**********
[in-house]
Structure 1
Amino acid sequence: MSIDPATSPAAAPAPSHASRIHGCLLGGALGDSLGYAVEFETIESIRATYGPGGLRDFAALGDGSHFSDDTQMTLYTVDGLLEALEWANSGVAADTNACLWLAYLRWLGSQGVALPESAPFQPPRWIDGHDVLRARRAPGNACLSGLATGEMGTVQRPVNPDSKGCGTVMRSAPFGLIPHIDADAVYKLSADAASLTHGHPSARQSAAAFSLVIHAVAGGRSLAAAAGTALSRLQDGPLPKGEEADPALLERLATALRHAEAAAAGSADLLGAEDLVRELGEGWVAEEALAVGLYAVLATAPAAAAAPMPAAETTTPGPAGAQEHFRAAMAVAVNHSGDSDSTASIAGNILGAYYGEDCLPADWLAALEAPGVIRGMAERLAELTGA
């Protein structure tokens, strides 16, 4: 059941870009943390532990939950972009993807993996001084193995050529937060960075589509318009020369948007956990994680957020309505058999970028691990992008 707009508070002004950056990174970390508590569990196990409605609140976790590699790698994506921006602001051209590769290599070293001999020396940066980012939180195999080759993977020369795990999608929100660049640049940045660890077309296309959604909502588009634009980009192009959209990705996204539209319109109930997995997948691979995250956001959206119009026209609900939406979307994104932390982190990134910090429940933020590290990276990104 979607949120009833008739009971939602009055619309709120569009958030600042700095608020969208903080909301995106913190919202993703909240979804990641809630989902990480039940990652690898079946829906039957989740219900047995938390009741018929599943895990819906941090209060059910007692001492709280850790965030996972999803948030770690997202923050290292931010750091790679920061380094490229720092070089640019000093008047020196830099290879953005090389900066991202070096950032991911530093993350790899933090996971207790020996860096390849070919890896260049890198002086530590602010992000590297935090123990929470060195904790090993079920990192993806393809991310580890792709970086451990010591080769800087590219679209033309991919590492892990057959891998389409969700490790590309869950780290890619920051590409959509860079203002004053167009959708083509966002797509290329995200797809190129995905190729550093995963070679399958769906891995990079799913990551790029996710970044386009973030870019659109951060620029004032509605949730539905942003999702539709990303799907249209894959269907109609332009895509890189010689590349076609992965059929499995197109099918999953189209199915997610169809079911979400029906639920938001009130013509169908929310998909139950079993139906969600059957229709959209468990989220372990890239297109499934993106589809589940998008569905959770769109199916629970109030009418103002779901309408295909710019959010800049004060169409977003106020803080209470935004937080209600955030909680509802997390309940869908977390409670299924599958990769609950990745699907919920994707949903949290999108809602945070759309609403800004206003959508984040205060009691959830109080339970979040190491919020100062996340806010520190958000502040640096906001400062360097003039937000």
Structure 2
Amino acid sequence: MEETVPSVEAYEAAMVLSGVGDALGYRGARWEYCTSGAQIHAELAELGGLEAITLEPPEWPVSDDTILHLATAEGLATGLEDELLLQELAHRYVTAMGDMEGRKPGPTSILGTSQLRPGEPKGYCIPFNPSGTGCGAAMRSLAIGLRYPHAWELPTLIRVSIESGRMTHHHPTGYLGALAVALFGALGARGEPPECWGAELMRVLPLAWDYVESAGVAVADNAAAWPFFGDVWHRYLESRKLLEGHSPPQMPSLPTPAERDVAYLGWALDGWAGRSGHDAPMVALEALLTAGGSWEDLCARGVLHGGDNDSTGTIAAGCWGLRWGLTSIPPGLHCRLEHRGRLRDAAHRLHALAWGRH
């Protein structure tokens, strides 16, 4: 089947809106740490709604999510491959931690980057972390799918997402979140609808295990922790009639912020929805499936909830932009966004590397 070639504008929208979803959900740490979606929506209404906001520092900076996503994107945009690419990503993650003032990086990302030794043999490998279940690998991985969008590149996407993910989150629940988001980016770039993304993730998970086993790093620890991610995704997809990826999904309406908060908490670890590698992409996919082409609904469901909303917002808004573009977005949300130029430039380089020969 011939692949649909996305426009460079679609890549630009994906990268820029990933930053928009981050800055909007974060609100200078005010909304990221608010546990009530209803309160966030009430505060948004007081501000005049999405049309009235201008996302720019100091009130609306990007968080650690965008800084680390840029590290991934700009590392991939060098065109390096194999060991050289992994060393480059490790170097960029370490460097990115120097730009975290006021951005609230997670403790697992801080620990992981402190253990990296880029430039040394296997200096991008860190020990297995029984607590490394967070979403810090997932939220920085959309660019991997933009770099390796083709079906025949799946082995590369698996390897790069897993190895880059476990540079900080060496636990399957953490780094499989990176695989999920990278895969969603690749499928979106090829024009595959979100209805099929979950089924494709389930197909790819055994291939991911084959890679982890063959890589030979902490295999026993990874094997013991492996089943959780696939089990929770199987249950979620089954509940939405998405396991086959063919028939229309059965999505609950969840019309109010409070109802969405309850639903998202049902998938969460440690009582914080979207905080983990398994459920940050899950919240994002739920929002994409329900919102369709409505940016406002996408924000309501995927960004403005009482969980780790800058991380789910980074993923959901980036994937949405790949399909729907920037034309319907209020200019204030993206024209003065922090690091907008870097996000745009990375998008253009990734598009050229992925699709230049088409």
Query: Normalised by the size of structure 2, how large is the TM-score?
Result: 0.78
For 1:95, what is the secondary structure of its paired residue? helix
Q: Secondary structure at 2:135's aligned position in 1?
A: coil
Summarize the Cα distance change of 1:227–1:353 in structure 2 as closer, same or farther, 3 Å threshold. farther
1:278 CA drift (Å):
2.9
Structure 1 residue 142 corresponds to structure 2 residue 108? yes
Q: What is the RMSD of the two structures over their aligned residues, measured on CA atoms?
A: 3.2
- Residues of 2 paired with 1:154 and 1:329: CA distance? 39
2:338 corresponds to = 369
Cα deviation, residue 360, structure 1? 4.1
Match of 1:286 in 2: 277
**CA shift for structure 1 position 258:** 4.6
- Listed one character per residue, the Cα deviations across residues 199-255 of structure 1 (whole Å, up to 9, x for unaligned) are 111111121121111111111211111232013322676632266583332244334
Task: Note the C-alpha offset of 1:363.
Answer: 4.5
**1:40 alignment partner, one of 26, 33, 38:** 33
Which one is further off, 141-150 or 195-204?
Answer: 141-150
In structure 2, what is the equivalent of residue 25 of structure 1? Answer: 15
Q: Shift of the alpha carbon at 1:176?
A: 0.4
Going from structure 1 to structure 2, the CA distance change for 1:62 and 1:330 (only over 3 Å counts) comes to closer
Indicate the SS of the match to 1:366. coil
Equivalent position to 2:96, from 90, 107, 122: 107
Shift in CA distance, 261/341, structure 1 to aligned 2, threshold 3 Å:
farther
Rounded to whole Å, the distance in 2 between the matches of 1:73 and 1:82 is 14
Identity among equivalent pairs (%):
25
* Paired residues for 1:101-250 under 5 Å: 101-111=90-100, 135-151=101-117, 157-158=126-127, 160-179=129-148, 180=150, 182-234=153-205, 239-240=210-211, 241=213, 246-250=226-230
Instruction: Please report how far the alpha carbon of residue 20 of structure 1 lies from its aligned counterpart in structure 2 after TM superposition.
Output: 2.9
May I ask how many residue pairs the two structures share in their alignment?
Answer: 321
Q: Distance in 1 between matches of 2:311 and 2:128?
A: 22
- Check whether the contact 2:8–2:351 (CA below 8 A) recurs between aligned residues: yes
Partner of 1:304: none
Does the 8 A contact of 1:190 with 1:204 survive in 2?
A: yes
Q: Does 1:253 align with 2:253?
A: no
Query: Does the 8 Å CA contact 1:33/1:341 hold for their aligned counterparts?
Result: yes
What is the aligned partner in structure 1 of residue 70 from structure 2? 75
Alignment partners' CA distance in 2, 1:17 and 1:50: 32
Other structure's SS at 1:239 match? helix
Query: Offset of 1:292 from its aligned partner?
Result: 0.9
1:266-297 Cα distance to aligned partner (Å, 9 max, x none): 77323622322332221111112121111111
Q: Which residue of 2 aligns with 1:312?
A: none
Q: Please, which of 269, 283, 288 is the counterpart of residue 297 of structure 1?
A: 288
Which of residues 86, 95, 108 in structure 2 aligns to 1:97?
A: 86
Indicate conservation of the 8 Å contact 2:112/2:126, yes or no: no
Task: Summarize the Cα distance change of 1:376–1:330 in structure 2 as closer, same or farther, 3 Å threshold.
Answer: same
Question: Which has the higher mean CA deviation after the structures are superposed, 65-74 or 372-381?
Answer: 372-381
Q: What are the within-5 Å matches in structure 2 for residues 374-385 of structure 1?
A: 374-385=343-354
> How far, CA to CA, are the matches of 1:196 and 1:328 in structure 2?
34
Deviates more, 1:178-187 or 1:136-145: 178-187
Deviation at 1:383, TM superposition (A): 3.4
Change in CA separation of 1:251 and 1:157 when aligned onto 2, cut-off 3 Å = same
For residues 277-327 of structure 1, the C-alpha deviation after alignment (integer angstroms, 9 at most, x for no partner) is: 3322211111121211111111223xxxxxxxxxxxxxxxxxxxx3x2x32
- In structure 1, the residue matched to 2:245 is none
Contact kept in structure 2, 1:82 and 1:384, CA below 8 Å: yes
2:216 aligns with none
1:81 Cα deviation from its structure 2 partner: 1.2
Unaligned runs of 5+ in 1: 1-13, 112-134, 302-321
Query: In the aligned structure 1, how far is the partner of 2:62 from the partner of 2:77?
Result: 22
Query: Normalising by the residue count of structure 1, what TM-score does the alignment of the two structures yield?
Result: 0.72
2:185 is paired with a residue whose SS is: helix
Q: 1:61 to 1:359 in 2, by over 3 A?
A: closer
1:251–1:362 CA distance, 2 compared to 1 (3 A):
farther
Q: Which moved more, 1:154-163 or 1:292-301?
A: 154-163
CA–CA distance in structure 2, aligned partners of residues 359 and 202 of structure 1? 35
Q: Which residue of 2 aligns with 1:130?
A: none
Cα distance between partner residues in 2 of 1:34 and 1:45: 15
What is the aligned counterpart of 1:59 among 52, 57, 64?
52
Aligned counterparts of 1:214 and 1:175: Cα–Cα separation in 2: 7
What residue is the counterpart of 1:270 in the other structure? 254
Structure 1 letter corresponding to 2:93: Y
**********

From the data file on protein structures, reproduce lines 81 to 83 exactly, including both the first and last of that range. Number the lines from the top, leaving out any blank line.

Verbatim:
- In structure 1, the residue matched to 2:245 is none
Contact kept in structure 2, 1:82 and 1:384, CA below 8 Å: yes
2:216 aligns with none